HP, Dell and Lenovo in the sights of the International Labour Organisation
Western IT equipment manufacturers are again getting a bad name from using cheaper Chinese factories to make their kit.
Following the bad publicity Apple, for instance, has generated from using Chinese factories who allegedly exploit workers, it has been reported that Western European universities are spending billions on IT equipment produced by young Chinese students, who are forced to work on production lines during so-called “internships”.
This constitutes a “gross violation” of the International Labour Organisation (ILO) convention on forced labour, according to a report, Servants of Servers, published by the GoodElectronics Network.
The report is based on the findings of an investigation conducted at a factory of Taiwanese electronics manufacturer Wistron in Zhongshan, Guangdong, China. The Wistron factory in Zhongshan produces servers for HP, Dell and Lenovo – “the brands most widely used by European universities and higher education institutions”, says the report.
After being presented with the findings of the investigation conducted by the independent Danish media and research centre Danwatch, HP and Dell acknowledged several violations. The brands have temporarily suspended the use of student interns at their production lines at the Wistron factory in Southern China.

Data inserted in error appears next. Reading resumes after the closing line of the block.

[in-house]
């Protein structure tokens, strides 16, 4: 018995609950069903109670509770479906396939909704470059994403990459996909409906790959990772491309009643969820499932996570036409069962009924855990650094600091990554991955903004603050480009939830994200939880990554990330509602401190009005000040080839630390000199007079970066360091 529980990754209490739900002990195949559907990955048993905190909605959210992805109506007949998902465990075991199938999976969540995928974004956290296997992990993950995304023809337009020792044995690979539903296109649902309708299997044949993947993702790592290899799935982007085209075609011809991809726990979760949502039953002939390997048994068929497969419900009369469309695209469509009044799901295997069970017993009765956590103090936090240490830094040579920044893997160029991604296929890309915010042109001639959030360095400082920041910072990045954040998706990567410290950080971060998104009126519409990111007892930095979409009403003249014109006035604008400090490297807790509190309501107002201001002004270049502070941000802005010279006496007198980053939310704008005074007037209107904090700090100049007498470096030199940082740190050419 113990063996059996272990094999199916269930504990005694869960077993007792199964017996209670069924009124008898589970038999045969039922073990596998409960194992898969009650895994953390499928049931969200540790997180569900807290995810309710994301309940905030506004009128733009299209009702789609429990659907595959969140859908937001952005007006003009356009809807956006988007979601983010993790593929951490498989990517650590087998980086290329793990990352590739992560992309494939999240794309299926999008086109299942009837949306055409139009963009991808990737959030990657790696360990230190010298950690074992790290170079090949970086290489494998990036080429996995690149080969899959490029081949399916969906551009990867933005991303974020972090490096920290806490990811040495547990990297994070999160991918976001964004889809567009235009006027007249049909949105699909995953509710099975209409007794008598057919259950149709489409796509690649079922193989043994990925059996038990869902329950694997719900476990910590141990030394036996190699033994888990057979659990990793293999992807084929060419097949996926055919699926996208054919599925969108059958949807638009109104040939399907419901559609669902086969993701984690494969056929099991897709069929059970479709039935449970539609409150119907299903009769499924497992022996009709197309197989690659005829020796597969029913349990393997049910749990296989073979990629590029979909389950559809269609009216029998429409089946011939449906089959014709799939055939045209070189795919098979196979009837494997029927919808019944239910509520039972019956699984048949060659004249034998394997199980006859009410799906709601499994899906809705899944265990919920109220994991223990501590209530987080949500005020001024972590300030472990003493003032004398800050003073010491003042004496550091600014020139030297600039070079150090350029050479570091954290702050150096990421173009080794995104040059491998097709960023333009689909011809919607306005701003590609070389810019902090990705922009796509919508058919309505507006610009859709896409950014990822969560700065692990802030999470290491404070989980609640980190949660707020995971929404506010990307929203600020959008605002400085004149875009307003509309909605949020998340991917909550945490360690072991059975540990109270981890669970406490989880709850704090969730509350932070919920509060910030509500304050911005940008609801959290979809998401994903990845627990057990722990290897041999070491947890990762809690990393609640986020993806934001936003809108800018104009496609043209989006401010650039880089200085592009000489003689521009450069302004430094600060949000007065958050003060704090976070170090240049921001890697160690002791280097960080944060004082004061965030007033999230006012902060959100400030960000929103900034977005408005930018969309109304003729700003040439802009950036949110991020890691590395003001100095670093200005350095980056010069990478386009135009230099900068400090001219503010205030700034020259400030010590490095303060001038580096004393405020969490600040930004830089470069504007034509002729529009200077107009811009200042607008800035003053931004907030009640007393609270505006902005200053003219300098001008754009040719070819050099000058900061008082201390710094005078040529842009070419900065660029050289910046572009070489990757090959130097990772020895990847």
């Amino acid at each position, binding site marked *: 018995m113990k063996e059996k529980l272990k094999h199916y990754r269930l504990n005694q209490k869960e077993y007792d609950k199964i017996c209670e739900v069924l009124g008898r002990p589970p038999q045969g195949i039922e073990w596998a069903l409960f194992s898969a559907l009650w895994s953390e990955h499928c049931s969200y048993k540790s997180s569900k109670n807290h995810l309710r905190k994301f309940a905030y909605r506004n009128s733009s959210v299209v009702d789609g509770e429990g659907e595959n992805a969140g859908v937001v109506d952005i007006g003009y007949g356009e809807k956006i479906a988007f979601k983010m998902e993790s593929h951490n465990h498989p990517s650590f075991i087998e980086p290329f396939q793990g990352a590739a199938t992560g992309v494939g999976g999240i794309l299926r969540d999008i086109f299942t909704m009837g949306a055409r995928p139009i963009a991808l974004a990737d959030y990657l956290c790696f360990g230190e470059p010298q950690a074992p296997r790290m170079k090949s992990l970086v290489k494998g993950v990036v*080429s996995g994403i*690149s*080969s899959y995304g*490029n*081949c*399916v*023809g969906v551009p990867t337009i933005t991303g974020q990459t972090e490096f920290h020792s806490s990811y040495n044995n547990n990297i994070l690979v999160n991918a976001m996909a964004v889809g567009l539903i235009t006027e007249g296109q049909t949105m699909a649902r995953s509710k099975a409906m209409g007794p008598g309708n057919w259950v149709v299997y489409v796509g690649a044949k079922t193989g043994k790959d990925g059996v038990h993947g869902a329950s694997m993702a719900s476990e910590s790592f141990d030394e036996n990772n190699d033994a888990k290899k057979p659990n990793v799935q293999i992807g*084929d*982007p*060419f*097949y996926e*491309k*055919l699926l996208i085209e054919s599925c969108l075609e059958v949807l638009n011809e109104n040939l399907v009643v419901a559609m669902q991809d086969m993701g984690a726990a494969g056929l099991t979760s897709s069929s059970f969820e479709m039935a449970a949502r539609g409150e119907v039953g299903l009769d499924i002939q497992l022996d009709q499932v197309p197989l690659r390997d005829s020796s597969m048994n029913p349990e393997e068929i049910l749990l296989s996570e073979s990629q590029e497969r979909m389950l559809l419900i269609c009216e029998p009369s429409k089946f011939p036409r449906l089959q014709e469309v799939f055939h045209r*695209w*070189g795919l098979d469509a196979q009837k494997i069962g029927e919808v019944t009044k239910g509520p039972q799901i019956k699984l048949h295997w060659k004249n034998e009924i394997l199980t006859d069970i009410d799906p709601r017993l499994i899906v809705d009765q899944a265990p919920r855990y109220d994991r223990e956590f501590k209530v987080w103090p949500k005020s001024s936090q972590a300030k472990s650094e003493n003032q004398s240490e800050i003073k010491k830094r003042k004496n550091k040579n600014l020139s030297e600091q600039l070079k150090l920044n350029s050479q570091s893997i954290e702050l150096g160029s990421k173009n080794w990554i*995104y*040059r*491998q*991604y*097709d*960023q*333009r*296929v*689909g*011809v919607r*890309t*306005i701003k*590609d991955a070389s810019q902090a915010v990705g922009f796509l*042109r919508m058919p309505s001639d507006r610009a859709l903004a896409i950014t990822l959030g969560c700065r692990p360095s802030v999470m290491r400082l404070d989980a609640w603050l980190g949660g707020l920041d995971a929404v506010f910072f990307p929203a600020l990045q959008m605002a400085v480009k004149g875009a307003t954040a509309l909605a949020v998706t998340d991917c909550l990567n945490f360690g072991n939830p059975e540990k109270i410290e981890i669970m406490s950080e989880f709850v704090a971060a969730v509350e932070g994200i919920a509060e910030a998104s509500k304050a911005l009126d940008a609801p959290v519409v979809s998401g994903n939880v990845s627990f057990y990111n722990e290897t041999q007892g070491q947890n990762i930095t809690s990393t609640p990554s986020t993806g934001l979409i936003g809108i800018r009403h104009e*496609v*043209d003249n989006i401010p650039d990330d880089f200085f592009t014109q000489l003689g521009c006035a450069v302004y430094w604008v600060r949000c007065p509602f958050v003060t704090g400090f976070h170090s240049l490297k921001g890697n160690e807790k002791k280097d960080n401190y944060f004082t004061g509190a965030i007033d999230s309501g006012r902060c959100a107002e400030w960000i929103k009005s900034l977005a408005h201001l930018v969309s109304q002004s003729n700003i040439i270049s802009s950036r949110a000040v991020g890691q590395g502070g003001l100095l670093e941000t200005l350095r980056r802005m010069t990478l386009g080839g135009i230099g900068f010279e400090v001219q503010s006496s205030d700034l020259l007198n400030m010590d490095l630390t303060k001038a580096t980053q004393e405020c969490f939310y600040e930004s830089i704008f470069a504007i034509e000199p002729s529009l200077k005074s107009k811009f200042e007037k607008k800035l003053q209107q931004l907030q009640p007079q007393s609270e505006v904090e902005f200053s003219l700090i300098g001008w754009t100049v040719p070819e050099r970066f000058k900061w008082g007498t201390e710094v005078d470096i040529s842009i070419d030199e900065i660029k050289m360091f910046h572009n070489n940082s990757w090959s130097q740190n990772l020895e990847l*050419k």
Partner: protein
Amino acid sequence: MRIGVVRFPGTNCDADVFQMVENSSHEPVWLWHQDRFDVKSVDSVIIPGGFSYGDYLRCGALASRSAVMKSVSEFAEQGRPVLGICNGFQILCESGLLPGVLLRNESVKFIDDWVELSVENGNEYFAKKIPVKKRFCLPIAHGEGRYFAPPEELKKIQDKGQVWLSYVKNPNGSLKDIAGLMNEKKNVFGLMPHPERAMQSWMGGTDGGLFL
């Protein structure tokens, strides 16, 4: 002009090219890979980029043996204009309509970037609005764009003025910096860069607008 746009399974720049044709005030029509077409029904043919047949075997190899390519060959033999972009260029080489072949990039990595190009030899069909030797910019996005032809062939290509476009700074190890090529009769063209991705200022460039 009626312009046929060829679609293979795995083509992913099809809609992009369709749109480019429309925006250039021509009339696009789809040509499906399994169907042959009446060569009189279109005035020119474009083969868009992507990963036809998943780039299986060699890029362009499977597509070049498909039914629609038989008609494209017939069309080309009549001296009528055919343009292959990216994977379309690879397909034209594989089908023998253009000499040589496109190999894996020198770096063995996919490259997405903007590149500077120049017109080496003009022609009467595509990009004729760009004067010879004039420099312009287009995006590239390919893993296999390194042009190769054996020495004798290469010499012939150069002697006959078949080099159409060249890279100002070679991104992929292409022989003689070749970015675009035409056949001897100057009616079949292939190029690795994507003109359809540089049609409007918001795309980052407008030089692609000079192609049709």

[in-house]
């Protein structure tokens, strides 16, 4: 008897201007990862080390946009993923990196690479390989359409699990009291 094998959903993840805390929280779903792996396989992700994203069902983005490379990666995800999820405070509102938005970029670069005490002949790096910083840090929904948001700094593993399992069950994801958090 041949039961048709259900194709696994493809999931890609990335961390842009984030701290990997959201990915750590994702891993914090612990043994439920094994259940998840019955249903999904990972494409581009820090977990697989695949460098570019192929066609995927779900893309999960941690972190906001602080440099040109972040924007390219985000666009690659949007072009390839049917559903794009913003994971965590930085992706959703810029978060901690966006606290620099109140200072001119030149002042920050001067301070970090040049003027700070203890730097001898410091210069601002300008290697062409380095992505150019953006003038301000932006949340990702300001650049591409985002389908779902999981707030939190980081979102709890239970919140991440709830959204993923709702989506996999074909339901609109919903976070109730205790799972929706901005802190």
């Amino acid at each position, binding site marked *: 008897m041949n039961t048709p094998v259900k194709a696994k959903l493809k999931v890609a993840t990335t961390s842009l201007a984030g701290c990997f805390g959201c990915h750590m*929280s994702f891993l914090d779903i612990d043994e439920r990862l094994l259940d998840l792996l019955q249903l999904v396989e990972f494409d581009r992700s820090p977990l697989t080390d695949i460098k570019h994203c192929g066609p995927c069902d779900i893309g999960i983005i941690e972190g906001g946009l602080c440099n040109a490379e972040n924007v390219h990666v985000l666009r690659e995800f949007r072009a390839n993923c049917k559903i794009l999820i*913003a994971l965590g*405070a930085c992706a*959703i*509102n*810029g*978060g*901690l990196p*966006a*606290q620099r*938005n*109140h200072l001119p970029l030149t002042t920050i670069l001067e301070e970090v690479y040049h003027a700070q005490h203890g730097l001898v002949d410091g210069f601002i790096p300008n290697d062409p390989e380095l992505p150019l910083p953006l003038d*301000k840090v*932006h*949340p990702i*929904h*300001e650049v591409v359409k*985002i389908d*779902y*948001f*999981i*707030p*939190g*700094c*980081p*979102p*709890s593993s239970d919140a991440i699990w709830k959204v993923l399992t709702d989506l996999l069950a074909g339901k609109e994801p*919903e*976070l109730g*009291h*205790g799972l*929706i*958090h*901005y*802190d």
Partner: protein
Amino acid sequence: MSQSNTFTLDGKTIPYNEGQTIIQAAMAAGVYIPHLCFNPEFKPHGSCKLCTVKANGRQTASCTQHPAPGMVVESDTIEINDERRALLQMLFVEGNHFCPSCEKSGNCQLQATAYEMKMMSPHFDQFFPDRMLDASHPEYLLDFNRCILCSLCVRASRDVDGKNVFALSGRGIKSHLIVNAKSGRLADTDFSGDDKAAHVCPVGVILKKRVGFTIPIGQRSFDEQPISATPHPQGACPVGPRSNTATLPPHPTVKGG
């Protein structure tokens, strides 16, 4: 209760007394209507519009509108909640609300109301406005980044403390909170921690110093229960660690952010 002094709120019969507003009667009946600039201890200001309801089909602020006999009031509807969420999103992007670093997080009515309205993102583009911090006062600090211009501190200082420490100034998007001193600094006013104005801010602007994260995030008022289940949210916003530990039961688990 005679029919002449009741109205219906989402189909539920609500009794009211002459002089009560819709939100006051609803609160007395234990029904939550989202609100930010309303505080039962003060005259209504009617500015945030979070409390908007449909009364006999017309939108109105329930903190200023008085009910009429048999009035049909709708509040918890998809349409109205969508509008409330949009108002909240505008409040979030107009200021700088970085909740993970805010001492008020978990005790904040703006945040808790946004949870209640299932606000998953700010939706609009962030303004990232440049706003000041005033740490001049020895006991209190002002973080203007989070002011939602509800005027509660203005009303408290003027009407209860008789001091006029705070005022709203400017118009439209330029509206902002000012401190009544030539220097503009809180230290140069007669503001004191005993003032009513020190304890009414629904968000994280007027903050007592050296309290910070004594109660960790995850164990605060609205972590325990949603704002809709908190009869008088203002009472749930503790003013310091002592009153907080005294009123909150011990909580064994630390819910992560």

The report says thousands of Chinese students are being forced to complete “irrelevant internships”: the students working 10-12 hours a day, six days a week, for up to five months. They also have to do overtime and night shifts.
If the students refuse to complete the internship, says the report, they will be denied their diploma. The forced internship programme is regarded as forced labour, which is a violation of Chinese Labour Law and the International Labour Organisation (ILO) convention.
In 2015, Western European educational institutions are said to have spent 4.27 billion euros on hardware, software and IT services, of which €461.38 million was spent on servers alone. HP is the market leader in this sector, said the report, with a share of 28 percent. Dell controls 13 percent and Lenovo 11 percent.
Pauline Overeem, of the GoodElectronics Network, said: “The problem of forced student labour in the electronics industry is widespread in China, Thailand and the Philippines. It is good to know that HP and Dell take these signals seriously, but it is high time that brands and manufacturers across the board take determined action to ensure decent working conditions without any form of forced labour at their suppliers.”